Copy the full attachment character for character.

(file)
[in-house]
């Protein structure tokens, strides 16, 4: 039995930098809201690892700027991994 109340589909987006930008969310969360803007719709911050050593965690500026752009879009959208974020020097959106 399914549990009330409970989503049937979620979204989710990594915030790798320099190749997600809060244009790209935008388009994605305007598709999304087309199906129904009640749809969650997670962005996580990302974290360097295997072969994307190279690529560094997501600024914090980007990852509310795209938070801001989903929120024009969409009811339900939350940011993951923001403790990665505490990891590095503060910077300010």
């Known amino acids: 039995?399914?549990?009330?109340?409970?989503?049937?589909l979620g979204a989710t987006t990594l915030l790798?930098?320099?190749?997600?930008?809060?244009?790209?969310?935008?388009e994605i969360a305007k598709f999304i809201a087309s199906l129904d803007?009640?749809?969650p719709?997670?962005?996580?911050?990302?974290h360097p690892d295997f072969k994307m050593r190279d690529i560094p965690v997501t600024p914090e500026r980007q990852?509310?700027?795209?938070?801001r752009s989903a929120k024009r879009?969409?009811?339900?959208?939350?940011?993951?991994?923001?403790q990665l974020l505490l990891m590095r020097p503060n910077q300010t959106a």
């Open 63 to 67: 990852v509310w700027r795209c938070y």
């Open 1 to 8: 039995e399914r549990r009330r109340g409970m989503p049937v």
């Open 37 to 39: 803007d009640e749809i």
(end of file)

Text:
[in-house]
């Protein structure tokens, strides 16, 4: 039995930098809201690892700027991994 109340589909987006930008969310969360803007719709911050050593965690500026752009879009959208974020020097959106 399914549990009330409970989503049937979620979204989710990594915030790798320099190749997600809060244009790209935008388009994605305007598709999304087309199906129904009640749809969650997670962005996580990302974290360097295997072969994307190279690529560094997501600024914090980007990852509310795209938070801001989903929120024009969409009811339900939350940011993951923001403790990665505490990891590095503060910077300010």
């Known amino acids: 039995?399914?549990?009330?109340?409970?989503?049937?589909l979620g979204a989710t987006t990594l915030l790798?930098?320099?190749?997600?930008?809060?244009?790209?969310?935008?388009e994605i969360a305007k598709f999304i809201a087309s199906l129904d803007?009640?749809?969650p719709?997670?962005?996580?911050?990302?974290h360097p690892d295997f072969k994307m050593r190279d690529i560094p965690v997501t600024p914090e500026r980007q990852?509310?700027?795209?938070?801001r752009s989903a929120k024009r879009?969409?009811?339900?959208?939350?940011?993951?991994?923001?403790q990665l974020l505490l990891m590095r020097p503060n910077q300010t959106a």
């Open 63 to 67: 990852v509310w700027r795209c938070y």
């Open 1 to 8: 039995e399914r549990r009330r109340g409970m989503p049937v």
């Open 37 to 39: 803007d009640e749809i």